Amid a sea of statistics and dire warnings suggesting the decline of American science, a new National Science Foundation report  offers some hopeful signs. The number of doctorates awarded in scientific and technical fields by universities in the United States rose in 2004, representing the second straight annual increase after several years of decline. And the increases were spread across many different disciplines, with fields such as mathematics, computer sciences and most engineering fields seeing significant growth.
The NSF report is drawn from the forthcoming Survey of Earned Doctorates for the 2004 academic year, an annual review conducted by the foundation's Division of Science Resources Statistics and five other federal agencies.
Over all, according to the NSF report, the number of doctorates awarded by American universities increased to 42,155 in 2004, up by 3.4 percent from the 40,770 given out in 2003. Of the 2004 doctorates, 26,275 were in science and engineering fields, up 3.9 percent from 2003 and the largest number of science doctorates awarded since 1998. The 15,880 nonscience doctorates awarded in 2004 were the largest number in a decade.
Doctorates Awarded by American Universities, 1995 to 2004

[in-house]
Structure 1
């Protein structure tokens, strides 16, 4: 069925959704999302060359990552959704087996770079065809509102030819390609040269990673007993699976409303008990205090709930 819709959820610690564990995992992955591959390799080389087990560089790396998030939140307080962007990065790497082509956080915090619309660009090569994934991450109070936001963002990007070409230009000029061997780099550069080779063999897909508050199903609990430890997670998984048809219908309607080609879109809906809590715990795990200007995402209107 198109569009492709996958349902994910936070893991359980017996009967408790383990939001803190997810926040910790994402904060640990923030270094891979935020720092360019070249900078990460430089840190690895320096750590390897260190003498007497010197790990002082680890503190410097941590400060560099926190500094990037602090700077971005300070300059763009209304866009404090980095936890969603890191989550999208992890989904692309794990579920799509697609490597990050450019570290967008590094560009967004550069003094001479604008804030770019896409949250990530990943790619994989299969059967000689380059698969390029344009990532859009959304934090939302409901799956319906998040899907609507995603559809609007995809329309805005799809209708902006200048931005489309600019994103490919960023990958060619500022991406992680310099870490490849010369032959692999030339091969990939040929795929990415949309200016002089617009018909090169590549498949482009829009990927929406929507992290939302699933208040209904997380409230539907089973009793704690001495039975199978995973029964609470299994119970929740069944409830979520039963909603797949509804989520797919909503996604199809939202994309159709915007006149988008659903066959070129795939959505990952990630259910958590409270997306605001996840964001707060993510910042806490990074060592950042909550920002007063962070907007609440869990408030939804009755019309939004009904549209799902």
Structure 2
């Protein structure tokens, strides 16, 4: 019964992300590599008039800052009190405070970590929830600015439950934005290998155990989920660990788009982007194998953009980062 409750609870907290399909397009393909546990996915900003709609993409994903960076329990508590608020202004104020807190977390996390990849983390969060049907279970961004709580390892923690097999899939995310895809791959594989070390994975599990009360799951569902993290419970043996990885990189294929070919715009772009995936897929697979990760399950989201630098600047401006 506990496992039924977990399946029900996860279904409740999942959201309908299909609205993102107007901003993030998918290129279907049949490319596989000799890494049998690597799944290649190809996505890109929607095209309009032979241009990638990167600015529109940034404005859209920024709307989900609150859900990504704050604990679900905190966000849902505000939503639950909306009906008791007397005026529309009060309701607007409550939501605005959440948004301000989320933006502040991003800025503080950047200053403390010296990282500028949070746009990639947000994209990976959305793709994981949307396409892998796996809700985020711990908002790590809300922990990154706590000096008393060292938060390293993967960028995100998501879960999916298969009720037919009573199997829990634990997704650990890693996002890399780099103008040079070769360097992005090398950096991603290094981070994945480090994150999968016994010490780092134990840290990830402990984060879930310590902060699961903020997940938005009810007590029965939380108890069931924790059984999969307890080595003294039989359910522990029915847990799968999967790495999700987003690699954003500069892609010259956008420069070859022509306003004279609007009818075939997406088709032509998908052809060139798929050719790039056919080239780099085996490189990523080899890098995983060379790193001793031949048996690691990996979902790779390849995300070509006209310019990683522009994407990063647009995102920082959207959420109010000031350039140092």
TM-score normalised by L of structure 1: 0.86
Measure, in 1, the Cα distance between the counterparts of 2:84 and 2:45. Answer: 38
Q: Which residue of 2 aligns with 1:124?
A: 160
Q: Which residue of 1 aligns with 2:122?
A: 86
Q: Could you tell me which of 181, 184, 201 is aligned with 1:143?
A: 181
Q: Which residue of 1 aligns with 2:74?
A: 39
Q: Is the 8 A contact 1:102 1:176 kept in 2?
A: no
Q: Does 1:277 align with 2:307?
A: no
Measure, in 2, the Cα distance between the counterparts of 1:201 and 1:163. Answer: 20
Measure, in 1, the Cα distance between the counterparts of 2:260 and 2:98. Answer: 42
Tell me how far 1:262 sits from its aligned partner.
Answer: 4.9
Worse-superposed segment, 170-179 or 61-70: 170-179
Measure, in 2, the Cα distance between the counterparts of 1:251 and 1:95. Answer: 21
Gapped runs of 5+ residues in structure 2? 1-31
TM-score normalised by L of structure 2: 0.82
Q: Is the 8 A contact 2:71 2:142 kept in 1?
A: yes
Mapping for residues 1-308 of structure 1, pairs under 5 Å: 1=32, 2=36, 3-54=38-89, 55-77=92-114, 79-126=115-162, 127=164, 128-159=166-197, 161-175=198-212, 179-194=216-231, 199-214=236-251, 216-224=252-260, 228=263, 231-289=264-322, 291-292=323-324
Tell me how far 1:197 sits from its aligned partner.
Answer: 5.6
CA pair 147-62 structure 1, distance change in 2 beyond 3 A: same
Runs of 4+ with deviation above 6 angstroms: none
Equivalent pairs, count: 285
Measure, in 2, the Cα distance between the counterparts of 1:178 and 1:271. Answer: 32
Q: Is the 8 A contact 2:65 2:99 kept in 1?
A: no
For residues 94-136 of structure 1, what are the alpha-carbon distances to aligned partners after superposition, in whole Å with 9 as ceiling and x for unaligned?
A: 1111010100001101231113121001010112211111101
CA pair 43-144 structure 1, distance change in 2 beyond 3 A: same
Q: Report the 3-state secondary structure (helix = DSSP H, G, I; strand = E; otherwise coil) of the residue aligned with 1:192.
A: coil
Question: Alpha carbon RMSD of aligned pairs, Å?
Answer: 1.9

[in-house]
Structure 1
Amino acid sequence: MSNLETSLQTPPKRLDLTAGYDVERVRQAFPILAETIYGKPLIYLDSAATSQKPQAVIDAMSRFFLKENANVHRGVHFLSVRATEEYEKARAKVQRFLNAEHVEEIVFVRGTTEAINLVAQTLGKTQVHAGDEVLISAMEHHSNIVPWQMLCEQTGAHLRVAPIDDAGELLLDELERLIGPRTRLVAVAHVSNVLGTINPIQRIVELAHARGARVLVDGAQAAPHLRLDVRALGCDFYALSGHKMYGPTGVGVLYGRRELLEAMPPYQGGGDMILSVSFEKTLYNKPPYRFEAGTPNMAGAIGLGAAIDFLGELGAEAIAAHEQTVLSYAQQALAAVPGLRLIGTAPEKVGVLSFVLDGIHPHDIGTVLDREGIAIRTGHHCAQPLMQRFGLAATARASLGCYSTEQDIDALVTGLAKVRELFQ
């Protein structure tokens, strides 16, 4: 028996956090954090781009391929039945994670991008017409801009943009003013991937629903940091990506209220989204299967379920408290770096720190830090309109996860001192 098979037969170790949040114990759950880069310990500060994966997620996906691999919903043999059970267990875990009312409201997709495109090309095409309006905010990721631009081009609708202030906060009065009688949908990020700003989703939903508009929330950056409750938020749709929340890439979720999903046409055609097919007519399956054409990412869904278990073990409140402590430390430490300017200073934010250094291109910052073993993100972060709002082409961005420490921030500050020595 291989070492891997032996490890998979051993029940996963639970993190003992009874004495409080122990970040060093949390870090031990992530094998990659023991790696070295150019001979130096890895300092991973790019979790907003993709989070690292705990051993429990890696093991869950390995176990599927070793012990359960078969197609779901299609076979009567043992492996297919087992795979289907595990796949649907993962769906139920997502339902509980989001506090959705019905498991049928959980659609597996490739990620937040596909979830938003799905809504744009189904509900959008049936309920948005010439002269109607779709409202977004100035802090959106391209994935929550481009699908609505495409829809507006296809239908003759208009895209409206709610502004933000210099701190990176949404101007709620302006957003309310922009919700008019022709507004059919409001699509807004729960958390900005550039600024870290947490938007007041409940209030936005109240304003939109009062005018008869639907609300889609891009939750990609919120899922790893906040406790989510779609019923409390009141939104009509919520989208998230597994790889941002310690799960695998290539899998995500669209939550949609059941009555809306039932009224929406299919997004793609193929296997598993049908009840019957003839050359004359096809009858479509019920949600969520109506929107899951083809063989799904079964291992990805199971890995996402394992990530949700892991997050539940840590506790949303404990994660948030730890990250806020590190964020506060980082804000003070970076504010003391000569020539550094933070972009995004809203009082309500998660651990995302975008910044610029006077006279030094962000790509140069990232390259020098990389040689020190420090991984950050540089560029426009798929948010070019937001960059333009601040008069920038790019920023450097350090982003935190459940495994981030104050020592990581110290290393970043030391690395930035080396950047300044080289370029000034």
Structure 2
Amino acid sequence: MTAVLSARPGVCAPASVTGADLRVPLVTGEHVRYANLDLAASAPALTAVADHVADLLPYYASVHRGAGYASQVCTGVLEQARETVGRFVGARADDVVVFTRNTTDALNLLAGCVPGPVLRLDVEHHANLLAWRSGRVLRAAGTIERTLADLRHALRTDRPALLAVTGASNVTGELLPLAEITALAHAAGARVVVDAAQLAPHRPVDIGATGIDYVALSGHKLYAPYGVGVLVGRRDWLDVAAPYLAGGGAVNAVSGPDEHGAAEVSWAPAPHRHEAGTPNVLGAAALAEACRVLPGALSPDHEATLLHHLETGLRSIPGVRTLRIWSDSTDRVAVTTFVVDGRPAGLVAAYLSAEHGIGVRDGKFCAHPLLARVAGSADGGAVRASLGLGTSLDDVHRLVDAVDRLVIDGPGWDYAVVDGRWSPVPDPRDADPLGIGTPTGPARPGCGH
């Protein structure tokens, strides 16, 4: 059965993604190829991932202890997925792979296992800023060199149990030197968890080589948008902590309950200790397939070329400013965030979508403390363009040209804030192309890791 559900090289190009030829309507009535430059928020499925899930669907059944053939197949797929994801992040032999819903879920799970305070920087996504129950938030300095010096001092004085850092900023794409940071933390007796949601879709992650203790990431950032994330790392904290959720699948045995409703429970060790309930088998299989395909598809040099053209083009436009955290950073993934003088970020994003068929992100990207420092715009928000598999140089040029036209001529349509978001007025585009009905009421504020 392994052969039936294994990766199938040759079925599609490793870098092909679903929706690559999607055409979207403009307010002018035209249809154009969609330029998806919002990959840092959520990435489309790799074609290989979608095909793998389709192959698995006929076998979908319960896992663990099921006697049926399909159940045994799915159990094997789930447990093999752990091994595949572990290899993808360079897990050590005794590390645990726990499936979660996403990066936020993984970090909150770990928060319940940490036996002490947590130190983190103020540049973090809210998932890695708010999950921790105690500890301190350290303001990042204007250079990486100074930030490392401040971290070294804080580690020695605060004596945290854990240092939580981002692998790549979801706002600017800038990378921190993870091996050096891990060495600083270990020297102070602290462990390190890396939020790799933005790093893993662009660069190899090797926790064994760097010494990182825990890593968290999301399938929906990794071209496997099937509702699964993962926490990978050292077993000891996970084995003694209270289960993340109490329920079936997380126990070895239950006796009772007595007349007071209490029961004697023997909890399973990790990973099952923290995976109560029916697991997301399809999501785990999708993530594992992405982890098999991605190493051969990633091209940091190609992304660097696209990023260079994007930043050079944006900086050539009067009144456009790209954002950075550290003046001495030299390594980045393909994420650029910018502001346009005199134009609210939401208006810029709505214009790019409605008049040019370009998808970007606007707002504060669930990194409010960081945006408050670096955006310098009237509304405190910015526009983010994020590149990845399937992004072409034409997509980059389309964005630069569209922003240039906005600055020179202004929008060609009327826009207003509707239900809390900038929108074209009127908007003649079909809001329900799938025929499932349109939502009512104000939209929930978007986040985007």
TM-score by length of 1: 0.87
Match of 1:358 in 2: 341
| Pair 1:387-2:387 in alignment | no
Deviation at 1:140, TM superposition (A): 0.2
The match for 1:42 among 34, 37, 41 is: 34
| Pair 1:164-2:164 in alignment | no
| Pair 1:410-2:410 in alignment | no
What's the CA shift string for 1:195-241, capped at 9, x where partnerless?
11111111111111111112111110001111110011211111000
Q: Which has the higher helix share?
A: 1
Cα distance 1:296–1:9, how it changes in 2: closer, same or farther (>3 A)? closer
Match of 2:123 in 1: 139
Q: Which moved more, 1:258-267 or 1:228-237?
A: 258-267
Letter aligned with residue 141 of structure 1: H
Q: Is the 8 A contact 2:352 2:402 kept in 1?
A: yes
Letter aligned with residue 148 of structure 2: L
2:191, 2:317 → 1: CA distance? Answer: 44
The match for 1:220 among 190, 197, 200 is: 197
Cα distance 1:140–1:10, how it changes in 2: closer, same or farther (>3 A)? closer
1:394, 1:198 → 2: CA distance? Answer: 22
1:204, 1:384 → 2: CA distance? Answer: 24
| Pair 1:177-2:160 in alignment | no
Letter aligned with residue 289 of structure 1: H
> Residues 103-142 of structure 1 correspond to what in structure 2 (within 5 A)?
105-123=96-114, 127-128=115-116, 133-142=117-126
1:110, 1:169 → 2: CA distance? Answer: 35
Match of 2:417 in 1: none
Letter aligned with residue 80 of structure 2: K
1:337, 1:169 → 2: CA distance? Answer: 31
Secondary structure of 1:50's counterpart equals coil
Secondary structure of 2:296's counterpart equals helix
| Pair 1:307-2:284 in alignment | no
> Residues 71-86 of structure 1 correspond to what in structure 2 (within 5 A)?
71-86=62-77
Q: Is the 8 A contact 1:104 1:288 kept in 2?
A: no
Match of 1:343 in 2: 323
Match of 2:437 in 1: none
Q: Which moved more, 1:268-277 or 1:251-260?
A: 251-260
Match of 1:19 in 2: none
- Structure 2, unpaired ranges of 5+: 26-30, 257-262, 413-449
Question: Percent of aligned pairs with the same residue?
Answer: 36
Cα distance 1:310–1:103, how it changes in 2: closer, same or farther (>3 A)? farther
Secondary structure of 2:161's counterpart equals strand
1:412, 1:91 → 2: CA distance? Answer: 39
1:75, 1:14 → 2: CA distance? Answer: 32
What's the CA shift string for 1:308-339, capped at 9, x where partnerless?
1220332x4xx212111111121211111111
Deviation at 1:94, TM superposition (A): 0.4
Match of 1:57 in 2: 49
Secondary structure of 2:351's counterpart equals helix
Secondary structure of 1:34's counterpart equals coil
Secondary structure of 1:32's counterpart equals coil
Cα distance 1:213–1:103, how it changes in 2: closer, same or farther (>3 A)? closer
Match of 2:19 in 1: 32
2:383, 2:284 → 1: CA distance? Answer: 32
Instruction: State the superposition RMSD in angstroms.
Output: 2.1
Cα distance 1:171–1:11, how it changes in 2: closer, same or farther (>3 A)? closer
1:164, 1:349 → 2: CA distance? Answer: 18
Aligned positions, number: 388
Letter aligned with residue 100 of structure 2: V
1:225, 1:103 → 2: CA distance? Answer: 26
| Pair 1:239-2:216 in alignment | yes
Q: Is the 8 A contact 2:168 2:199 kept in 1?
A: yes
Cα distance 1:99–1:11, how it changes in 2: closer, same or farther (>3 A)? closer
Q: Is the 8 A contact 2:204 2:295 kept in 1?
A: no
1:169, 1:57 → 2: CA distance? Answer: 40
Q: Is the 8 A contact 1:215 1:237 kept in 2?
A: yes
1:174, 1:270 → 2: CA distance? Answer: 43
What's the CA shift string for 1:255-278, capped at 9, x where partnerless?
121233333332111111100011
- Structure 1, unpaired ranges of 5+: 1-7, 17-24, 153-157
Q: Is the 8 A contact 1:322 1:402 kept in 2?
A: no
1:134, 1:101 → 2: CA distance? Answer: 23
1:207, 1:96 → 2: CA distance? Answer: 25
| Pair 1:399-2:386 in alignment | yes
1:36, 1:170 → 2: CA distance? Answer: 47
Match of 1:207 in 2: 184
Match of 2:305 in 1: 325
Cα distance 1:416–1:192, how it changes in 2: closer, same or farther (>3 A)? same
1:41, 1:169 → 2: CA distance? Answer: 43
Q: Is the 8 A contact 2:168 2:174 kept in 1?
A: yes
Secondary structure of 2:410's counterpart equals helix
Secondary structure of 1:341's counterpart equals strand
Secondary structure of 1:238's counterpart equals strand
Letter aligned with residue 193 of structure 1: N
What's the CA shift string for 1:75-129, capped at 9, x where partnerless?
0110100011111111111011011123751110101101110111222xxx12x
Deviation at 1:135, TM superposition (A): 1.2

|Year||Total doctorates awarded||Science and engineering doctorates||Non-science doctorates|
The pool of those receiving doctorates in 2004 differed in some significant ways from those who received doctorates a decade earlier. In 1995, 61 percent of doctoral recipients were men, 32 percent were citizens of countries other than the United States, and 87 percent were white. In 2004, 55 percent were men, 33 percent were non-U.S. citizens, and 80 percent were white. Members of underrepresented minority groups made up 14 percent of the 2004 cohort, compared to 9 percent in 1995.
The NSF report says that it is too early to be certain that the two-year increase in the number of science doctorates awarded represents a new upward trend. But the statistics are likely to hearten science educators, business leaders, politicians and others nonetheless, given the significant concerns they've expressed about the country's ability to keep pace technologically with other countries.
Doctorates Awarded by American Universities, 2000-4
|Science and engineering||25,966||25,548||24,588||25,289||26,275|
|----Earth, atmospheric, and ocean sciences||663||630||673||646||672|
|-------Other physical sciences||29||30||18||36||15|
|Non-science and engineering||15,399||15,276||15,401||15,481||15,880|
Source: National Science Foundation
If the NSF report hints at some positive developments for American science, it also contains some data certain to trouble those concerned about the country's standing vis a vis other countries. It shows that in several key fields -- computer sciences, mathematics, physics and engineering -- more than half of the doctorates awarded in 2004 were given to non-U.S. citizens. The proportion was above 40 percent in agricultural sciences, chemistry, the physical sciences as a whole, and total science and engineering doctorates.
Doctorates Awarded to non-U.S. Citizens by Field of Study, 2004
|Science and engineering||40.7%|
|Earth, atmospheric, and ocean sciences||37.4%|
|Other physical sciences||33.3%|
|Non-science and engineering||20.4%|